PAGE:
Man accused of stabbing 3
A woman who witnessed part of an early Friday morning stabbing in Wainaku said she was working on adrenaline to try to help the victim survive.
Cody Hughes, a neighbor to the 49-year-old Ohai Street man she referred to only as “John,” said she and her friend rushed to the driveway stabbing scene as it was occurring around midnight.
“Craig leaped over the fence and I ran around the fence,” Hughes said. “John was down. By the time we got to him (the assailant) was still stabbing him, so Craig tried to push the guy off. And when he did, the guy took off.”
Police arrested a suspect, 28-year-old Varaha Mims, at 7:36 a.m. Friday, on suspicion of three counts of attempted first-degree murder. Police say Mims, who is also the suspect in the stabbing of a 28-year-old Pahoa man and a 27-year-old Hilo woman on Keawe Street near Hilo Town Tavern just minutes earlier, was at the home of an acquaintance when arrested.
Mims remained in custody at the Hilo police cellblock Friday as detectives investigated the stabbings.
Hughes said she was covered in blood and “running back and forth to get blankets and whatever I could to help John out.”
“I was yelling for people to call the rescue, call the rescue and give me a towel,” she said. “I don’t think they understood what I was asking for, a towel. So I took my shirt off and that was the first thing that we used. It was really a horribly gaping wound, so this lady on the street, bless her heart, gave us this real thick sweater. All we could do was put pressure on it and wait for the ambulance to show up.”
Hughes expressed frustration with ambulance response time.
“All the neighbors called (911) when it happened. I could’ve walked him up to the hospital faster than what the ambulance got here. That’s a little sarcastic, but that’s what it seemed like,” she said. Hughes said there were so many police cars lining the narrow street, some were forced to move to allow the ambulance access.
East Hawaii Fire Battalion Chief Matthias Kusch said he understands the frustration but disputed the claim of slow response.
“I was reading a study about how adrenalin actually accelerates your ability to process things faster and time seems slower. … When you’re on-scene waiting, time goes really slow,” he said.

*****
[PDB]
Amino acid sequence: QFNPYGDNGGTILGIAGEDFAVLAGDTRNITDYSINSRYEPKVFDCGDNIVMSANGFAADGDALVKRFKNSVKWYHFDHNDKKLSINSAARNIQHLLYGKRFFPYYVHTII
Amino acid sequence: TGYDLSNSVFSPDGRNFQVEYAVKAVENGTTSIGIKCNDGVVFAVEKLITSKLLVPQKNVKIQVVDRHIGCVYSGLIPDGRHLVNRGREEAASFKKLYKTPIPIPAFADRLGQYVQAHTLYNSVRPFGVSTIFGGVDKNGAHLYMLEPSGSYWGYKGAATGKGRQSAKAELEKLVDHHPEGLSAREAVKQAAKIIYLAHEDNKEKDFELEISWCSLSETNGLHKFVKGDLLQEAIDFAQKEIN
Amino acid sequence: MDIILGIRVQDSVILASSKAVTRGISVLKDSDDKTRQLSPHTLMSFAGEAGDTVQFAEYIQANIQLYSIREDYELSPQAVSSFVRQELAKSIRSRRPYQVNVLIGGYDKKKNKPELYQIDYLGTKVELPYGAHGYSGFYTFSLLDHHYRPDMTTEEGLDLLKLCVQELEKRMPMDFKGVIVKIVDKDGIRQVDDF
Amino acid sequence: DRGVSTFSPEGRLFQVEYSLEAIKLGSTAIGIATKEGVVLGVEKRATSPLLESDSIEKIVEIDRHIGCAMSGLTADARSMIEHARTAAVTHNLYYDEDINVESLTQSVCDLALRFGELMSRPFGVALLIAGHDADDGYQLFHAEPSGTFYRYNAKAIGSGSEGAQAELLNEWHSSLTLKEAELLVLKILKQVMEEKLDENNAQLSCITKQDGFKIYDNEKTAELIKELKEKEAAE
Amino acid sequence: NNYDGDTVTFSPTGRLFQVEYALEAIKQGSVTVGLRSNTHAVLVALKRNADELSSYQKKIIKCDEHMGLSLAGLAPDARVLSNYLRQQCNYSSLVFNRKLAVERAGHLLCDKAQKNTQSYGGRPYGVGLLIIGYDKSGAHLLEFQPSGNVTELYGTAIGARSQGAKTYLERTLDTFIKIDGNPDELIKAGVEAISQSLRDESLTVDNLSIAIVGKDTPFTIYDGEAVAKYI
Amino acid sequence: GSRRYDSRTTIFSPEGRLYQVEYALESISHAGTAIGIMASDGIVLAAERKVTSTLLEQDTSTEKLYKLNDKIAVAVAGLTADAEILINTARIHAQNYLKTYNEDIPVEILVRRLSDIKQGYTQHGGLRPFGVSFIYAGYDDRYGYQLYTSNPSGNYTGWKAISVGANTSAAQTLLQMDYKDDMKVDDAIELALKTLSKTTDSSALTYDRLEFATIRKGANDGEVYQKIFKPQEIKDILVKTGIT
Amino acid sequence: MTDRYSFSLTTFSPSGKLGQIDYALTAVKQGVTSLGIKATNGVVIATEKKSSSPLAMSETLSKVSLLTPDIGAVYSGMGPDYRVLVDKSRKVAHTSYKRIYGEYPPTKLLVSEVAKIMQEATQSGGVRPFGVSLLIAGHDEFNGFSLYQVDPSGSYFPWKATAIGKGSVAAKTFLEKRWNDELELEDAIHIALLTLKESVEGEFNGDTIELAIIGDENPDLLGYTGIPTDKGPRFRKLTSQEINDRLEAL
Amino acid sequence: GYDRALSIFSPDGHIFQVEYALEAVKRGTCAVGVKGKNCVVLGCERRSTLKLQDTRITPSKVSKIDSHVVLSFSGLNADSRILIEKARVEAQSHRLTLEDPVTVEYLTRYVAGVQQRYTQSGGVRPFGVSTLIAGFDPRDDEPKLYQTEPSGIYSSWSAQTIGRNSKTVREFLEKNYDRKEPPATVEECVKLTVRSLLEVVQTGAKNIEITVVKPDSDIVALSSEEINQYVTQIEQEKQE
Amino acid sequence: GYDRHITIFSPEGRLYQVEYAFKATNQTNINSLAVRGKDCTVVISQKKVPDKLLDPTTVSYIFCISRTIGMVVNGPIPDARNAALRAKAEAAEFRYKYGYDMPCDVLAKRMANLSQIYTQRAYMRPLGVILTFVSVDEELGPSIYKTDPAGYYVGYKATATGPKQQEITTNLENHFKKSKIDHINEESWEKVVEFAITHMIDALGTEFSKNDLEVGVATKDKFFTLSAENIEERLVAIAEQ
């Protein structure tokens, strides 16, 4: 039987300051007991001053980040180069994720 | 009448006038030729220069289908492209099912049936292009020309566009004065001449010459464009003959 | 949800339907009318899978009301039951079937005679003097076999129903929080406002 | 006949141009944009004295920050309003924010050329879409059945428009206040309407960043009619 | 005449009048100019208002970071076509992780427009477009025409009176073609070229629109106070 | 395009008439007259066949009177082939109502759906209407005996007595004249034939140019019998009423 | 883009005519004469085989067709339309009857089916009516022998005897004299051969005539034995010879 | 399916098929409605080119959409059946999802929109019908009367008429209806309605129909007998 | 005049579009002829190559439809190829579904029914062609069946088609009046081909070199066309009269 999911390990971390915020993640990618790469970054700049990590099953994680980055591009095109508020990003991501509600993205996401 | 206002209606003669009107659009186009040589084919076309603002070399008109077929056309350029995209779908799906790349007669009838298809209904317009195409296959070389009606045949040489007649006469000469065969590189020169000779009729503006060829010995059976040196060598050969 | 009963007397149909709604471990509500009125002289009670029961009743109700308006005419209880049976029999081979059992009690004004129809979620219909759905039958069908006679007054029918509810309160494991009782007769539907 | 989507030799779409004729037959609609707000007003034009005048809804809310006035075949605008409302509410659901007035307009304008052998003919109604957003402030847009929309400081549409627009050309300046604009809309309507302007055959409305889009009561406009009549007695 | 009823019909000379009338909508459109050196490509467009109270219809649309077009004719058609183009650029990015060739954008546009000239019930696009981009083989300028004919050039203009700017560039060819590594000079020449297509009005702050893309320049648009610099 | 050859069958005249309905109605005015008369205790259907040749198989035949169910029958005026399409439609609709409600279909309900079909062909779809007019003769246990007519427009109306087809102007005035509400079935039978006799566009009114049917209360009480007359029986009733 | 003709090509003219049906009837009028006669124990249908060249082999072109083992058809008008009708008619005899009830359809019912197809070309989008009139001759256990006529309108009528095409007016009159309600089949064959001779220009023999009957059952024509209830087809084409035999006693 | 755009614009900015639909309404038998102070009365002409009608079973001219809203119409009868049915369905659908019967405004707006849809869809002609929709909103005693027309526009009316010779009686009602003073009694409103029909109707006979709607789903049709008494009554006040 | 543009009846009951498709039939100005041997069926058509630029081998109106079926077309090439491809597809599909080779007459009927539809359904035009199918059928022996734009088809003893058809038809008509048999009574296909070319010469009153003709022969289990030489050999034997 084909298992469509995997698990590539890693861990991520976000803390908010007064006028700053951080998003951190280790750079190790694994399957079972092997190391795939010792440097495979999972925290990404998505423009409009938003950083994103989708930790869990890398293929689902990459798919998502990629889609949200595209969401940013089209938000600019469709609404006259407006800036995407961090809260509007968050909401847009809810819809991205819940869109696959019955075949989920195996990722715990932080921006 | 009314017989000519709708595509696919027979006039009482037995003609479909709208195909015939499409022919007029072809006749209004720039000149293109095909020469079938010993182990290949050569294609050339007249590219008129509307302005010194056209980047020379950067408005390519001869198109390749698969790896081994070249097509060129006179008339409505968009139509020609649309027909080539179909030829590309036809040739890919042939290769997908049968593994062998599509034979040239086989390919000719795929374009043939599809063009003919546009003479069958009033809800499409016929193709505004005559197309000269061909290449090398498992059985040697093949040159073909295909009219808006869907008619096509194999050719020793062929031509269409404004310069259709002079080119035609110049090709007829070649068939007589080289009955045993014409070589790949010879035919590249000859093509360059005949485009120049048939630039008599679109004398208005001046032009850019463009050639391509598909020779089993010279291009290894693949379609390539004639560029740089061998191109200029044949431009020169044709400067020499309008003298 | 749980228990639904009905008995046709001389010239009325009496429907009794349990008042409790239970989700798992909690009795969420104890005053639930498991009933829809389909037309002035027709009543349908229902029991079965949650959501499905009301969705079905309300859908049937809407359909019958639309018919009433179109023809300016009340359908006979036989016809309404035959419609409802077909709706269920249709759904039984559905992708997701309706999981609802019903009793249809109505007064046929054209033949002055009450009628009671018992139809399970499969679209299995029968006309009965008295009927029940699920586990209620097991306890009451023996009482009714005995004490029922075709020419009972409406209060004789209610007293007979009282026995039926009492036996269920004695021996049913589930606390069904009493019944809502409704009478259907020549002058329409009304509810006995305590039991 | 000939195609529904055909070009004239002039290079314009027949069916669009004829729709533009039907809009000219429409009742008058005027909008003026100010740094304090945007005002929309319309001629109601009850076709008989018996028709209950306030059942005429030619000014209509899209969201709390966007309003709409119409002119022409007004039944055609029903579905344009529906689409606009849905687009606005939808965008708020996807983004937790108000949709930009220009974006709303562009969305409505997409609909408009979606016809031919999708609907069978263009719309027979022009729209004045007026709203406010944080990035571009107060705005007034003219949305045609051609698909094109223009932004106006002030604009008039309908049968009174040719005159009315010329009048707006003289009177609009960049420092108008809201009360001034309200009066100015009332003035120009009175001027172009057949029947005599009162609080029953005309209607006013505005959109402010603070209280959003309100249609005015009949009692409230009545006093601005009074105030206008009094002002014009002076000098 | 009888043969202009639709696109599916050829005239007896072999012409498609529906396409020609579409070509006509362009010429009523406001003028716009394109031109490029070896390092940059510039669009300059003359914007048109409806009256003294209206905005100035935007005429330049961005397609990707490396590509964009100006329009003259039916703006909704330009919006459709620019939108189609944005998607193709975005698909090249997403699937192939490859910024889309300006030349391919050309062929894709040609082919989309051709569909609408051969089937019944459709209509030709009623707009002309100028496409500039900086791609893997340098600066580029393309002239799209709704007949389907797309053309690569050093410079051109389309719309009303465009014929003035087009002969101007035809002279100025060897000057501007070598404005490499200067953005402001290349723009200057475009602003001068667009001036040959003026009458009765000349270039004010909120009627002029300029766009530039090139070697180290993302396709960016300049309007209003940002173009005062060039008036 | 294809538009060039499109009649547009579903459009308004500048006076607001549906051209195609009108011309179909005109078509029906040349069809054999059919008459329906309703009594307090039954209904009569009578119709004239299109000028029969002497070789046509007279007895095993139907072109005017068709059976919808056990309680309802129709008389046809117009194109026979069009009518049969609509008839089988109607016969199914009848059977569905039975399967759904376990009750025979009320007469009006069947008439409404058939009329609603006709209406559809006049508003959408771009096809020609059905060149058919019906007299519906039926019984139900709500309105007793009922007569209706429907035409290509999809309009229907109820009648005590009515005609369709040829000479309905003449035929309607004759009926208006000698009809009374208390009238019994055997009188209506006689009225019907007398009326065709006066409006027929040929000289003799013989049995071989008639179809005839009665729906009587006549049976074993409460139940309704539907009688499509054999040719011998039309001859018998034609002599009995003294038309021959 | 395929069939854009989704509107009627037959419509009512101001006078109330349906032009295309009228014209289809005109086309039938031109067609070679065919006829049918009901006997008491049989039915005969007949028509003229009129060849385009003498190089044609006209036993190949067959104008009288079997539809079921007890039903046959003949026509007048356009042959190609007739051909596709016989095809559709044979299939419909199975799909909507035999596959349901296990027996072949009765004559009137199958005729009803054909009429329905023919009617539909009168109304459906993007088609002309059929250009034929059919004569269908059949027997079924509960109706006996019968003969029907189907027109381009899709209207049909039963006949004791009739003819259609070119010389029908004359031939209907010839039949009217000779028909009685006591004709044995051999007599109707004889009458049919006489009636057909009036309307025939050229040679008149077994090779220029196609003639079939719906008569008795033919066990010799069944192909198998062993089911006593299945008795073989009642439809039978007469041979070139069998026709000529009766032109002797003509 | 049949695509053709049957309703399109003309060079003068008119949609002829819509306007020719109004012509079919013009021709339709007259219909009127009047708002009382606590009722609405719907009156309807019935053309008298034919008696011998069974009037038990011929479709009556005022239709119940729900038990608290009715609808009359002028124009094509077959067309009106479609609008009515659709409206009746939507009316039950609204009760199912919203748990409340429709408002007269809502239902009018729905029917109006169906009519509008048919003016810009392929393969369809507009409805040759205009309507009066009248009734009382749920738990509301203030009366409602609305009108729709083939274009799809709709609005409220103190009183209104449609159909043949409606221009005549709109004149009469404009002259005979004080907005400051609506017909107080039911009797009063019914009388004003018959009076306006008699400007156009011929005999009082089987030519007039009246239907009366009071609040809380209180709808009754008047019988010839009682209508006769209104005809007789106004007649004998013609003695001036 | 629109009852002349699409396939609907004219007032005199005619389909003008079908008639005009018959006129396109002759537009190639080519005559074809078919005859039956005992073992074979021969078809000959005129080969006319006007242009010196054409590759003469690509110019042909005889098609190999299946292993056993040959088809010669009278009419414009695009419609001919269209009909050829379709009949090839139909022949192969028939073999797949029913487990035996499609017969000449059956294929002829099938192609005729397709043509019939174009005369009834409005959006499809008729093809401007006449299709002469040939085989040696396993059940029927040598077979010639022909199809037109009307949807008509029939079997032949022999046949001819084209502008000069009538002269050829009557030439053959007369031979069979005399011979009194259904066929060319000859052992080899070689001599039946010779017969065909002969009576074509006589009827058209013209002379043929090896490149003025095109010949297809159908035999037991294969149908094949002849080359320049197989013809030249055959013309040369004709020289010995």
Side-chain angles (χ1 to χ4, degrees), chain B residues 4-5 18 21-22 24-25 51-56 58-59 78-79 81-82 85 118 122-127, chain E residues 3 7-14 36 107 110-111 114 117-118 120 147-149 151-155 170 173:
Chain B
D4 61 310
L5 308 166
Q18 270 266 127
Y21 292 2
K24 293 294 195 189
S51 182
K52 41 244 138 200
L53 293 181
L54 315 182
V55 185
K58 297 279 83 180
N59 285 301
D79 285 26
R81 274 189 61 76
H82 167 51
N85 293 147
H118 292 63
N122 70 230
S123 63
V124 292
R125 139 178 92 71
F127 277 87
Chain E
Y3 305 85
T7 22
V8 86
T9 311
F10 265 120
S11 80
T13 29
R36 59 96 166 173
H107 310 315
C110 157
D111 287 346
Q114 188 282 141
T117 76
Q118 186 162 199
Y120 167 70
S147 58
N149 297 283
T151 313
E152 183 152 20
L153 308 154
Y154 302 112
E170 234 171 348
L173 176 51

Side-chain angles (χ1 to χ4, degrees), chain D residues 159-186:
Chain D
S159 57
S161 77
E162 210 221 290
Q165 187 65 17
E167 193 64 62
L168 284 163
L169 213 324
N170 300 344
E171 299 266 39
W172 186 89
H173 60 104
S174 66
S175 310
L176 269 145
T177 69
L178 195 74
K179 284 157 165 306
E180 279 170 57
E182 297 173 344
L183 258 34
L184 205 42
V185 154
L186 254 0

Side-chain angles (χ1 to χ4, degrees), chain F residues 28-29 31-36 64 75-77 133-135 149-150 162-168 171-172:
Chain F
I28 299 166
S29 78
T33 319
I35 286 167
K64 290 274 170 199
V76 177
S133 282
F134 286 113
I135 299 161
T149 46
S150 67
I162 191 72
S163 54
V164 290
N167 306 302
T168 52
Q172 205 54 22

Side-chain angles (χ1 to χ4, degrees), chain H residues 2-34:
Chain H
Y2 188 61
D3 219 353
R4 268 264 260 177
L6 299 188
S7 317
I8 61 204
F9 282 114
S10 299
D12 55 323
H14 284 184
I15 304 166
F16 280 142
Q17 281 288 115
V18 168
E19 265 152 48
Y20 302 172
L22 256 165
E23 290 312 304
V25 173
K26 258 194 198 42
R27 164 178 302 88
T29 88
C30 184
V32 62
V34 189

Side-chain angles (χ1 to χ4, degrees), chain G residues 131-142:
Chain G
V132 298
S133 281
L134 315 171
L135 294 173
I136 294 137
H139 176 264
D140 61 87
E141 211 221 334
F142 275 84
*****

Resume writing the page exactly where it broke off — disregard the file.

Kusch said several ambulances were dispatched because there was more than one crime scene.
We had (an ambulance) dispatched from Keaau at 0012 (12:12 a.m.) and it arrived at 0022 (12:22). That’s pretty fast,” he said. “The first units (from Central Fire Station) had its hands full with the Keawe Street incident. … They actually dispatched three ambulances to the second call, and a couple of them were cancelled.
“… The bottom line is, there was no prolonged response. We were on scene pretty fast.”
Hughes said the victim and Mims knew each other, and police referred to them as acquaintances.
“The guy broke out a window in (John’s) house, frame and all, a couple of weeks ago,” she said. She added that Mims had knocked the victim unconscious from behind last week in Puna.
“He did punch the victim last week in Keaau,” Lt. Robert Wagner of Hilo Criminal Investigative Division confirmed. “It does seem that the victim … may not have wanted to prosecute.”
Police say the Wainaku man was taken to Hilo Medical Center where he was listed in stable condition Friday. The Pahoa man was listed in critical condition. The woman was treated for her injuries and released.
Hilo Patrol Sgt. Lorenzo Artienda said the Wainaku stabbing occurred “within minutes” after the man and woman were stabbed near the Hilo Town Tavern.
“The stabbing wasn’t in the Tavern. It just happened to happen outside the Tavern,” said bartender Rebecca “Becks” Lake, who was on duty when the incident occurred.
“I didn’t know anything was going on outside until somebody came in and yelled, ‘Call 911. Somebody’s been stabbed.’ I was in the middle of making a drink,” she said. “Then somebody else came in asking for a towel, saying there was blood, that kind of thing. So I passed the phone off to our security, who had a better idea what was going on.
“So I took the stuff outside and asked if they needed any help and they said they already had a couple of nurses already out there with them, talking to them, helping them out until the ambulance came. There was a pretty big crowd forming around them, so I tried to bring everybody back inside who was out there, try to give the guy some space.”
Tavern owner Issa Hilweh said nobody really saw the Haili Street attack other than the assailant and the victims.
“It happened really fast,” he said. “My security team was outside, but their backs were facing the Tavern. … So they really didn’t see it. … Luckily, we had two nurses at the Tavern at the time and they came out and helped.”
Hilweh said security gave chase but the assailant got away. He said response by police and ambulance was within minutes.
Both Hilweh and Wagner said the Keawe Street stabbings appeared to be a random occurrence.
“I guess the two were walking (toward Haili Street) and the guy was walking toward Kalakaua Park. And I guess he just stabbed them without any words or anything,” Hilweh said.
Said Wagner: “There’s nothing in our investigation that leads us to believe that they knew this suspect.”
Hilweh said he closed the bar early to make sure everybody was OK.
“I don’t want downtown to be known as ‘that violent area,’” he said. “We’re concerned about people’s safety. That’s why we keep the security guard right outside.”
“We try to keep our customers safe. We try to keep everybody in the community safe,” Lake added.
Email John Burnett at jburnett@hawaii tribune-herald.com.
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